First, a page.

Jordan: Wants for Sale
What a brilliant little barter system set up by a New York couple at Wants for Sale! The artists, Christine and Justin, will paint an Item on their personal wish lists then sell the picture for the exact price it takes to make it theirs, from a Miniature Tulip Chair for $227.58 to a Sham-Wow for $28.30. I seriously love this idea. There's also a Flickr page dedicated to splitscreen shots showing the Want and Bought together, like "An All-You-Can-Eat-Buffet", "A Juicy Steak" and "One Month's Rent". You can sign up for updates on the latest paintings, too. via Kottke
Sarah: Gift Ideas from Core77
In case you are in the same boat as me with holiday shopping (as in, haven't done any), one place I'd recommend looking is Core77's annual list of 77 Gifts Under $77. It's full of original gift ideas of all kinds, some design-related and some just generally interesting or cool. One thing to remember as you look: Holiday shopping means obtaining items for other people. You can indulge your own desires once the gifting task is complete.
I've just started this well-received bit of nonfiction and am already engrossed. Journalist and cultural critic Sarah Thornton dives into the art world, taking as her subjects seven iconic locales within the contemporary art milieu: the auction, the crit, the fair, the prize, the magazine, the studio visit and the biennale. Though I'm just a dozen pages in, Thornton is erudite and lively--an apt explainer and accessible guide through the demimonde of gallerists, collectors, and the occasional poseur.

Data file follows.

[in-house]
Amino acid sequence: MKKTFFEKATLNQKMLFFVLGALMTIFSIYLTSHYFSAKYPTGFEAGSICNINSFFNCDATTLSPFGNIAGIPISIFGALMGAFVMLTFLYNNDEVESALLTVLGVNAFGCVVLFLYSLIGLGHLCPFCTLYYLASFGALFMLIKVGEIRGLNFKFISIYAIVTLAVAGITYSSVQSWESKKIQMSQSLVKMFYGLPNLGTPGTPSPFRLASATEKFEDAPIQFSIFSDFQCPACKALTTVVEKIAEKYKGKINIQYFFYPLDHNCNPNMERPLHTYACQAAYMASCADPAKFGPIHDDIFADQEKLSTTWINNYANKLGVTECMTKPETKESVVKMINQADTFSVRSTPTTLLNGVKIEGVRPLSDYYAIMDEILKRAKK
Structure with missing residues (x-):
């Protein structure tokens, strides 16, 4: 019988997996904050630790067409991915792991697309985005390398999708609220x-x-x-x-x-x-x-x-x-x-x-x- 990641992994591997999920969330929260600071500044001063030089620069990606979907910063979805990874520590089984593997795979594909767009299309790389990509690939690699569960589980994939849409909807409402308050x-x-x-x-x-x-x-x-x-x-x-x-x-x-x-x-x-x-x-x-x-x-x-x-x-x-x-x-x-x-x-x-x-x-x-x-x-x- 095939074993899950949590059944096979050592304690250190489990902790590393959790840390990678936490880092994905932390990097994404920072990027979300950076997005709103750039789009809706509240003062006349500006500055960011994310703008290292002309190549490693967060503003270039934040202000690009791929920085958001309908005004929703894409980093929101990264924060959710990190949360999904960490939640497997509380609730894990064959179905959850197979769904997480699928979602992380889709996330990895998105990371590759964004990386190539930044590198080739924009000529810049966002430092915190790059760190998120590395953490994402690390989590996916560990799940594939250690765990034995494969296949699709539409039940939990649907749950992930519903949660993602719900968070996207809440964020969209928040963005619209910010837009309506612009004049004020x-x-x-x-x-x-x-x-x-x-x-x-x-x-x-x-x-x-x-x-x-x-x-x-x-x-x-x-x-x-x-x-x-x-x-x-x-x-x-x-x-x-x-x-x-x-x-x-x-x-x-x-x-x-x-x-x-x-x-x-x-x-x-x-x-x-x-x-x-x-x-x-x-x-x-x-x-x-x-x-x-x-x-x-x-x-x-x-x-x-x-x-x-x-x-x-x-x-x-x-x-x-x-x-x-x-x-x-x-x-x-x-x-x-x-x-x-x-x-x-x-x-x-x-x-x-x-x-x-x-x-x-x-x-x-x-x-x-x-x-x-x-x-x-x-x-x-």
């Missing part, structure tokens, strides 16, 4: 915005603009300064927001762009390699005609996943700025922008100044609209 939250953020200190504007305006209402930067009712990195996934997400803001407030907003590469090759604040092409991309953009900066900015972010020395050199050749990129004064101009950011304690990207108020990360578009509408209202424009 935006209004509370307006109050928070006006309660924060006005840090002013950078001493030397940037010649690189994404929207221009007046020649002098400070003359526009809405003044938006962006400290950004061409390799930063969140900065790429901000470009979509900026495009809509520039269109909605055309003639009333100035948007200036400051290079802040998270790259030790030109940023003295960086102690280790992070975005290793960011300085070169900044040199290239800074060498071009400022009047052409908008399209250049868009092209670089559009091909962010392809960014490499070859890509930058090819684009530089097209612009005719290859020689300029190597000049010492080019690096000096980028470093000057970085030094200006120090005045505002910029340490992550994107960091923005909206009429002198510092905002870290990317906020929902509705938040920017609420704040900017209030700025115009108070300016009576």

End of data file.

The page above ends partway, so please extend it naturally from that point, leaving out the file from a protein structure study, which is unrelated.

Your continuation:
My colleague and Dwell's photo editor, Amy Silberman, pointed me to this GOOD magazine video that asks: What if a sensor on the street knew exactly which parking spots were free? Better yet, it also proposes being able to pay your parking meter by iPhone and adding more funds with the touch of a screen--thus eliminating the need to make the mad dash to your car to drop in more quarters only to find that you were two minutes too late. The idea seems a ways away from becoming a reality, but it's an interesting infrastructure idea.
Amanda: Slideshow of Knitted Science
Okay, so obviously I like weird stuff. Discover Magazine does too, apparently. I love this slideshow of knitted science oddities, made by crafty people with a gift for rendering anatomical and biological principles using the raw power of yarn. Maybe I could have been a better Chemistry student in high school if I'd had a sweater depicting the periodic table of elements. Doubtful, but I needed all the help I could get.
Another great release from Tashen this week, Alex Steinweiss, Inventor of the Modern Album Cover, follows the artist's career in illustration, graphics, and commercial art. The book is a warm tribute to his most recognized and noted work of designing album covers, to which he is credited for inventing in the 1940s. The special art edition, limited to 100 copies, is signed by the artist himself and is accompanied by The Firebird Suite print, which was originally created as the cover for the 1957 release of Igor Stravinsky’s ballet.
Michele: Etsy's Color Tool
Not to be the world's biggest Etsy booster, but I discovered this yesterday and it blew my mind. So fun to just roll over all the colors.
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